Johnstown Receives $24 Million U.S. DOT RAISE 2021 Grant
With investments by CFA and the collaboration of many community partners, the City of Johnstown has been awarded a $24,448,164 U.S. Department of Transportation “Rebuilding American Infrastructure with Sustainability and Equity” (RAISE) grant to complete the “Iron-to-Arts Corridor Project.” The focus is to restore Johnstown’s transit hubs and connect the community for downtown revitalization and heritage tourism.
The total cost for the Iron-to-Arts Corridor project is just over $53 million. With just under $29 million in state, local, philanthropic, other federal, and Amtrak funding already secured, the remainder will be covered by the $24.5 million grant.
Many civic leaders and community partners came together to create this successful grant application: CFA, Vision Together 2025, the Johnstown Redevelopment Authority, the Greater Johnstown Regional Partnership, Johnstown Area Heritage Association, the 1889 Foundation, and others.
“The most important part of the RAISE grant is that it validates the cooperative spirit that prevails in Johnstown right now,” says Vision Together 2025 Vice Chair and Cambria County Planning Commission Executive Director, Ethan Imhoff. “Grants like this are only awarded to communities with a high degree of organizational capacity across business, governmental and non-profit sectors. It speaks to how far we’ve come, as these outcomes weren’t possible in Johnstown just a few years ago.”
This big win for our community also demonstrates how small grants can make a big difference. CFA’s regular Fall and Spring Grant rounds award funding of up to $7,500 to scores of nonprofits around the region twice per year. The RAISE grant application process was made possible through one of those small grants, awarded this past summer as part of special grantmaking that targets community and economic development. It was a $7,500 grant to Vision Together 2025 that provided the funding for an economic impact modeling study that was required for the federal grant application.
CFA President Mike Kane said the Foundation has been honored to support this project.
“We are delighted to see how one of CFA’s small grants created an avenue for our region to secure millions of dollars for change-making projects,” he said. “We are deeply appreciative of every single CFA donor who makes this kind of grantmaking a reality for hundreds of nonprofits and initiatives like this one, and we are proud to live in a community where partners come together to make our region stronger.”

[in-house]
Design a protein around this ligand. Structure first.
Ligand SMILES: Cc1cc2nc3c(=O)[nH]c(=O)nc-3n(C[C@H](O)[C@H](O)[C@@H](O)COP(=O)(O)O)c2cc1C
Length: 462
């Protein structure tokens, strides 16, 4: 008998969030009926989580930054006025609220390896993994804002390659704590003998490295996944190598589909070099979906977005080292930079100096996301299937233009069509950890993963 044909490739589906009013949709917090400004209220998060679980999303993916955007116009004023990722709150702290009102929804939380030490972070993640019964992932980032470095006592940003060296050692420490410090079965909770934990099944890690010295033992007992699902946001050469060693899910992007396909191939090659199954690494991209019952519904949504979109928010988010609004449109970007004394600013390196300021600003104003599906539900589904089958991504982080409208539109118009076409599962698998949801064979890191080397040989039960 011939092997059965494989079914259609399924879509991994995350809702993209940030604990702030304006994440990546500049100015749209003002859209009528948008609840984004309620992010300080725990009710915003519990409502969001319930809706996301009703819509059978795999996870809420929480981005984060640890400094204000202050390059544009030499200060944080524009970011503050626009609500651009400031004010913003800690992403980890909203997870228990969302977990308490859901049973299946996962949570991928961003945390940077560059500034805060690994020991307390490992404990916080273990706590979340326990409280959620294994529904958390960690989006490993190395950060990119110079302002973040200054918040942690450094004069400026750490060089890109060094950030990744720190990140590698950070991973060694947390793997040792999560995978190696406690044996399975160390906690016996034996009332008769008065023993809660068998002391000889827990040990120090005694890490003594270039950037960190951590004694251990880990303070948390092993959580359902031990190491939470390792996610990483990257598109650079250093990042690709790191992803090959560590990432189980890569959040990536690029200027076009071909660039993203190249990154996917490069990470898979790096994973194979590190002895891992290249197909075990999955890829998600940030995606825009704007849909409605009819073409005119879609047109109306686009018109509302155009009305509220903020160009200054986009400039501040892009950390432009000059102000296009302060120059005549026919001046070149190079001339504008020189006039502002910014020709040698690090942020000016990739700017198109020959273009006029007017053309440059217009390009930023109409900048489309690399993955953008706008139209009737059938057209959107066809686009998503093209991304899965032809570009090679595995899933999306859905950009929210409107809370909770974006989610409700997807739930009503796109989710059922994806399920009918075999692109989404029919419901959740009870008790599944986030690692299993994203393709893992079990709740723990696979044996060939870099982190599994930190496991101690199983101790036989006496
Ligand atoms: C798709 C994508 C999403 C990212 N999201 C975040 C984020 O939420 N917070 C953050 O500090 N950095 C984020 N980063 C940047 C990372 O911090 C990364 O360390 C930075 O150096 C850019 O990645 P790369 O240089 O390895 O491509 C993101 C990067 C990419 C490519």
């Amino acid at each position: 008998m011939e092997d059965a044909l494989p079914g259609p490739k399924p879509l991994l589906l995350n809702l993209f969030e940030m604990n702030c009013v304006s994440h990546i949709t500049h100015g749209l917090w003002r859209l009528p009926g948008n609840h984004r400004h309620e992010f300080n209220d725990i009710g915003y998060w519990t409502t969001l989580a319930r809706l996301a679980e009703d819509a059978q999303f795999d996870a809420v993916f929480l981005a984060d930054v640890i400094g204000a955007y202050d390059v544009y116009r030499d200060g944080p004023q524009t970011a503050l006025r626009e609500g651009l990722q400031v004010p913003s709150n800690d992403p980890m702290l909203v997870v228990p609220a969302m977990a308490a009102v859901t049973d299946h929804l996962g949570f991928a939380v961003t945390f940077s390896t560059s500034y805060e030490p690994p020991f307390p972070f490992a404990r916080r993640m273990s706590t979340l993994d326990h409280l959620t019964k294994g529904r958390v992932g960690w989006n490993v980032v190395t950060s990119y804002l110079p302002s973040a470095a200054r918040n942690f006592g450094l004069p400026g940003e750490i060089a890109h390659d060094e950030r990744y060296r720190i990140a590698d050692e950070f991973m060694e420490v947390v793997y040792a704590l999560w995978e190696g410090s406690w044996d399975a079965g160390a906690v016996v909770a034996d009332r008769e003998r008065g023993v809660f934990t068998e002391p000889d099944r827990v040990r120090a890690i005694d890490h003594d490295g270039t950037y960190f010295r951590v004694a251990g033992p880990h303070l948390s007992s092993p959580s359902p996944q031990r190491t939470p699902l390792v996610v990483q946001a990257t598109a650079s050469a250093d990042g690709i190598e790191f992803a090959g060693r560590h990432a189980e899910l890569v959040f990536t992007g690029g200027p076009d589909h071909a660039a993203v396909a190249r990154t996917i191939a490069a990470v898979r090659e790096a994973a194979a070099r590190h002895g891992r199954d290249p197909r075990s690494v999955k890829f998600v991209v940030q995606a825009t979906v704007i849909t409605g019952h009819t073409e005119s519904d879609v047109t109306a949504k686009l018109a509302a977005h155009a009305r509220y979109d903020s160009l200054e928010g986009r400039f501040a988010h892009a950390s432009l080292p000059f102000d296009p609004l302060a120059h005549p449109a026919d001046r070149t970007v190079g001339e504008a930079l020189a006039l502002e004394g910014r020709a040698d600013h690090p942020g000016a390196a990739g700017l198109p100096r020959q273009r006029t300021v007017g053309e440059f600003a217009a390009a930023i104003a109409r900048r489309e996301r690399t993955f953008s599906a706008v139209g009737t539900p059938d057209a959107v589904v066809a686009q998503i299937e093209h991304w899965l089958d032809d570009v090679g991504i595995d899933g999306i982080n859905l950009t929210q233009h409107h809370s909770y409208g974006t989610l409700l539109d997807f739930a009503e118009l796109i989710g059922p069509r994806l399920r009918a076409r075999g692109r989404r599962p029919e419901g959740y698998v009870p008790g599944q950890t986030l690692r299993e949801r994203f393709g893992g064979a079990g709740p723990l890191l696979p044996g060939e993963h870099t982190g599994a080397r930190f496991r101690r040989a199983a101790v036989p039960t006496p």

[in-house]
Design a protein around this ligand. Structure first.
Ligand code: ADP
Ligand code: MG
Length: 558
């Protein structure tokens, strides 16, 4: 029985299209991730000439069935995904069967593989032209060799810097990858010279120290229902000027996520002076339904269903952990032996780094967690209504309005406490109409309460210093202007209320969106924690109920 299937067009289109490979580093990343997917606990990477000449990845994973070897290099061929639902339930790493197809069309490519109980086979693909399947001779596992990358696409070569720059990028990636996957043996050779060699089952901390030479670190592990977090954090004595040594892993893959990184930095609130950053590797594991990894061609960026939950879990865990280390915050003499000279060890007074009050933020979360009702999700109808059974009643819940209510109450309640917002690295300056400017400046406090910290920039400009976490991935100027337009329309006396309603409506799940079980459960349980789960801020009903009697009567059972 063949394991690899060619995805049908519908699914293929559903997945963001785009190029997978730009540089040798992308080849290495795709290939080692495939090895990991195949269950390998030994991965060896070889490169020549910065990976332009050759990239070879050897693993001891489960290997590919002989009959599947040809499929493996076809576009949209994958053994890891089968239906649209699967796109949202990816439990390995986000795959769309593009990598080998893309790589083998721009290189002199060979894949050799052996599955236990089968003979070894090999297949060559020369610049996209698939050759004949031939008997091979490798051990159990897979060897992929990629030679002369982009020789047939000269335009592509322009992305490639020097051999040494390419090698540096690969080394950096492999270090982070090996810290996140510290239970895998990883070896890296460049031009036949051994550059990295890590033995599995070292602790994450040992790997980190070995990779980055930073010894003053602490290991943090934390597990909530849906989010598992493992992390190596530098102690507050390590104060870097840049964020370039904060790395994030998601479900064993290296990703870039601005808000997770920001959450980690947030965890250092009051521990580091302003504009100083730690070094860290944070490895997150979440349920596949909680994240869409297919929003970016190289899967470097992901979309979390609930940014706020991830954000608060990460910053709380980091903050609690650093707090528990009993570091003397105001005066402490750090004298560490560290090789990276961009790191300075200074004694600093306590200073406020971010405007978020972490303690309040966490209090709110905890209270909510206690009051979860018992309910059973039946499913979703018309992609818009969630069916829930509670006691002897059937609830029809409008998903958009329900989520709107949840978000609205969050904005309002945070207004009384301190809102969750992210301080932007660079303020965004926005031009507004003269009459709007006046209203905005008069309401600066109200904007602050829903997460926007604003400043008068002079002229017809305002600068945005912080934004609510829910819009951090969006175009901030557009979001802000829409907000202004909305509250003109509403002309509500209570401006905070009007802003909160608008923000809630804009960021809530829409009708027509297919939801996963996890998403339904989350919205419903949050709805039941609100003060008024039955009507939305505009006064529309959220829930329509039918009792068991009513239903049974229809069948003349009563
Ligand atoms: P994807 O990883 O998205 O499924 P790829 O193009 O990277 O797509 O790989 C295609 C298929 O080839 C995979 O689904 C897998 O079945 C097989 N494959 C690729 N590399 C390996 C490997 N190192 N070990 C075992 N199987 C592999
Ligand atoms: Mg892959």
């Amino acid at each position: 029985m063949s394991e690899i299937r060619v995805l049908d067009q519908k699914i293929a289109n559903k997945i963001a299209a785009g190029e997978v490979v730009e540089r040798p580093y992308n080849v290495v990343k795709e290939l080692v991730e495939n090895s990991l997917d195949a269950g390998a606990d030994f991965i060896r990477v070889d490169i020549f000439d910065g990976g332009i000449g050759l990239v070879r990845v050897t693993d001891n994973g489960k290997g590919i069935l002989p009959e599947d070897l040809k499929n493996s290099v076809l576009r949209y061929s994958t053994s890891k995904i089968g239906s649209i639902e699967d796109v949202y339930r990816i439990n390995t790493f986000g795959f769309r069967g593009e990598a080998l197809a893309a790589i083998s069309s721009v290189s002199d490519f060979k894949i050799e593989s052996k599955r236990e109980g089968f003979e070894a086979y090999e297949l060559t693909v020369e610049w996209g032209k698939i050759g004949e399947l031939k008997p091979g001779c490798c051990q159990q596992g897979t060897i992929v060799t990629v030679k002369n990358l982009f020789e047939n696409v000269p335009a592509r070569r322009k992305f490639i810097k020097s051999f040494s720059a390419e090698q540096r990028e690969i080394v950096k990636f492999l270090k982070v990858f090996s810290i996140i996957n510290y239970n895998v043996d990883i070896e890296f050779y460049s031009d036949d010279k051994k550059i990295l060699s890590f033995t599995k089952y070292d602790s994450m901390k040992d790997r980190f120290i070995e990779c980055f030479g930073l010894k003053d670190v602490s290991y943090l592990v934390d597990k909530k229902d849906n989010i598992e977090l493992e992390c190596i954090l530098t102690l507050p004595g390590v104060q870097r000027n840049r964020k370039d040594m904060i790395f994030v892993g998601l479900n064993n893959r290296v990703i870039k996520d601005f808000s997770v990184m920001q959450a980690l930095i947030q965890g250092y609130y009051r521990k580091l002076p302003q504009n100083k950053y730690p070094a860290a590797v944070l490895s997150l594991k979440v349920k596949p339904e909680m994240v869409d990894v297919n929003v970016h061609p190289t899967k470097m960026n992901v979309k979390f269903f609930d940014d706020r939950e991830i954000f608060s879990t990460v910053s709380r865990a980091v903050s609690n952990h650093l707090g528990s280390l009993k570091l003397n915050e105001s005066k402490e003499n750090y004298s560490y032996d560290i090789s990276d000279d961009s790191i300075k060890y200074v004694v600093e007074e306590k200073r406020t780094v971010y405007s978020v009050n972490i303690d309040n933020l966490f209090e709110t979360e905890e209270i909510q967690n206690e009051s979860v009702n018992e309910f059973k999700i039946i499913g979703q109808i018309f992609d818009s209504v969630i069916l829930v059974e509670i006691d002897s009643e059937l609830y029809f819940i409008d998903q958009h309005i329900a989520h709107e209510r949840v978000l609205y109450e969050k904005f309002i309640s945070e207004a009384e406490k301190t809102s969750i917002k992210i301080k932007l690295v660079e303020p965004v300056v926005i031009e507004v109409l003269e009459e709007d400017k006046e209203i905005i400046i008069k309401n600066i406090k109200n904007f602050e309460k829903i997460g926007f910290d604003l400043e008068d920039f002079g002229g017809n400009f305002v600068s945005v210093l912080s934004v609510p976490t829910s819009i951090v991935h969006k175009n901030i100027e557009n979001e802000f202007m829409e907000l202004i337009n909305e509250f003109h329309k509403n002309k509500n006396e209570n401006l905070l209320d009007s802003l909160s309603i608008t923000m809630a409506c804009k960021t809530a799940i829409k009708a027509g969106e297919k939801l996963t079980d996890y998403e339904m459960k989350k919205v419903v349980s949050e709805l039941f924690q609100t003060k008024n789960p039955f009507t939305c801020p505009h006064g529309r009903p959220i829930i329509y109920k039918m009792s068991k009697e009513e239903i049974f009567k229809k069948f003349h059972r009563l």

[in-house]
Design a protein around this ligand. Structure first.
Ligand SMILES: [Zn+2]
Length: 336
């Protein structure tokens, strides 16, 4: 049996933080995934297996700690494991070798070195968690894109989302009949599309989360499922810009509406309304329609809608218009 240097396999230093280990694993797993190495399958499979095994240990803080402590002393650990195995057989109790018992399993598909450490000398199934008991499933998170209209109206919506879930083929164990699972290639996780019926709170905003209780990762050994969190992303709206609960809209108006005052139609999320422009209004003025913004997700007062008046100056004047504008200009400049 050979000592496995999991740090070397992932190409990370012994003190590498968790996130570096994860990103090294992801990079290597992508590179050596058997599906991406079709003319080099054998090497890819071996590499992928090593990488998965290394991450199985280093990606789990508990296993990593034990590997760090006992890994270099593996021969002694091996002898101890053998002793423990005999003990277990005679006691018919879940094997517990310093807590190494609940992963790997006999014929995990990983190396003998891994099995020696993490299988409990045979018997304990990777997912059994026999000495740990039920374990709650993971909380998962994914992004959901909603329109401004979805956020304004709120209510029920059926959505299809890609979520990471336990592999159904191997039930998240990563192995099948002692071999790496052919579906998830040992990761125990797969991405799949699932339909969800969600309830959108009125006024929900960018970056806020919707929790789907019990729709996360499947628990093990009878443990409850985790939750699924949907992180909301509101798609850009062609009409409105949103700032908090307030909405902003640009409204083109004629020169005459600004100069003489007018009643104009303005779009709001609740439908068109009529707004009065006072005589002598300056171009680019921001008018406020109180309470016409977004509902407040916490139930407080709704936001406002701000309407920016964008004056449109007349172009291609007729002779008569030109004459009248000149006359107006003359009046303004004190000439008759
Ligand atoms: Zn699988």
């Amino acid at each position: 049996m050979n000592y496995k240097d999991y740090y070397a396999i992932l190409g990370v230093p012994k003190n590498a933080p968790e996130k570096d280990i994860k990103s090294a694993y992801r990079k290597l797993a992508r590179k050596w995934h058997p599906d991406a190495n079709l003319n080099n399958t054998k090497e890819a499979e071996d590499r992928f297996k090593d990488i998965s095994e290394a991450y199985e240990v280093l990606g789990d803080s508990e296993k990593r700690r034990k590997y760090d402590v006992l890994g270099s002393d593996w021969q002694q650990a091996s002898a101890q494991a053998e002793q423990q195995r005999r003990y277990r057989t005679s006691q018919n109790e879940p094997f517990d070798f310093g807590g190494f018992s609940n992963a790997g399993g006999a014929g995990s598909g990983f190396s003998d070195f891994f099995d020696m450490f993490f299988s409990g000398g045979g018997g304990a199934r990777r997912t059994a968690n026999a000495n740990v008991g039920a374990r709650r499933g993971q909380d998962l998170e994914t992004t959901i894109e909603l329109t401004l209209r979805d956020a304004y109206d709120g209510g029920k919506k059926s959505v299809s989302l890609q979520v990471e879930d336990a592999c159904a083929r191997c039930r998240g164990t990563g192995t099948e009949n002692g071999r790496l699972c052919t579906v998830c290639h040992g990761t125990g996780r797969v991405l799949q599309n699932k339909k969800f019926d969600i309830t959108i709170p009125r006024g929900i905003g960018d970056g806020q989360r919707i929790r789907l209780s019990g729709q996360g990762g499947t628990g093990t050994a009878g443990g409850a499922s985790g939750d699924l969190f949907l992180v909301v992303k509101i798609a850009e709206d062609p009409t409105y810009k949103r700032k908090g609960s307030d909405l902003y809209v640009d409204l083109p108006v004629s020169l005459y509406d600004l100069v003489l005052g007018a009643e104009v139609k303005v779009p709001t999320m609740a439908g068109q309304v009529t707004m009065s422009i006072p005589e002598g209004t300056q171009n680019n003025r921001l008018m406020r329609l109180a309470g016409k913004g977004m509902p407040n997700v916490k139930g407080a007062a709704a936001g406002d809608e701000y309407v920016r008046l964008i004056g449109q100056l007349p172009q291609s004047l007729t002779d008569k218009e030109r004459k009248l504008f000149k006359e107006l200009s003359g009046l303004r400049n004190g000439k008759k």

The Iron-to-Arts Corridor project will upgrade and connect Johnstown’s three downtown transit systems for visitors, residents, and commuters from all income levels: the Johnstown Train Station, the Inclined Plane transit system, and the Downtown Intermodal Bus Transportation Center. The four components of the overall Iron-to-Arts Corridor project are:
- Johnstown Train Station: Renovations for the historic Johnstown Train Station include restoring it as a multimodal center with daily Amtrak, regional rail, and bus transit services. The city also seeks to utilize now-vacant portions of this upgraded station for uses that could include a new Johnstown Visitors’ Center, a healthy food and farmers market, and a retail transit-oriented development expansion, along with the newly-launched headquarters of the Artist-Blacksmiths Association of North America (ABANA) which located there earlier this year.
- Inclined Plane: The RAISE grant will also provide more funding, leveraging PennDOT investment, for the upgrade of the historic Johnstown Inclined Plane, restoring the passenger and vehicle funicular system to full function which will help boost ridership by 300% annually on this central CamTran transit link, further fostering an expanded regional tourism market and new economic development.
- Intermodal Bus Transportation Center: The RAISE grant funding for the CamTran Downtown Bus Intermodal Transportation Center will design and construct upgrades to this central hub for bus transit with passenger safety upgrades, station improvements, and mobility connections to the surrounding catchment area.
- Connectivity and Walkability among these transit hubs in downtown Johnstown: The RAISE grant for the Iron-to-Arts Corridor will also provide the funding needed to connect these transit hubs with complete street and pedestrian and bicycle trail upgrades, a component called the “Main Street Greenway & Urban Connectivity” initiative. This component of the project will improve walkability with 0.5 miles of complete street upgrades on Main Street including sidewalk, traffic calming, transit stop enhancements, ADA-accessibility, green infrastructure, and streetscape improvements. RAISE funding will also help this project connect key downtown segments of the Path of the Flood Trail and the Jim Mayer Riverwalk Trail, which will join these three transit hubs and key community anchors, as well as link Johnstown to the National 9/11 trail.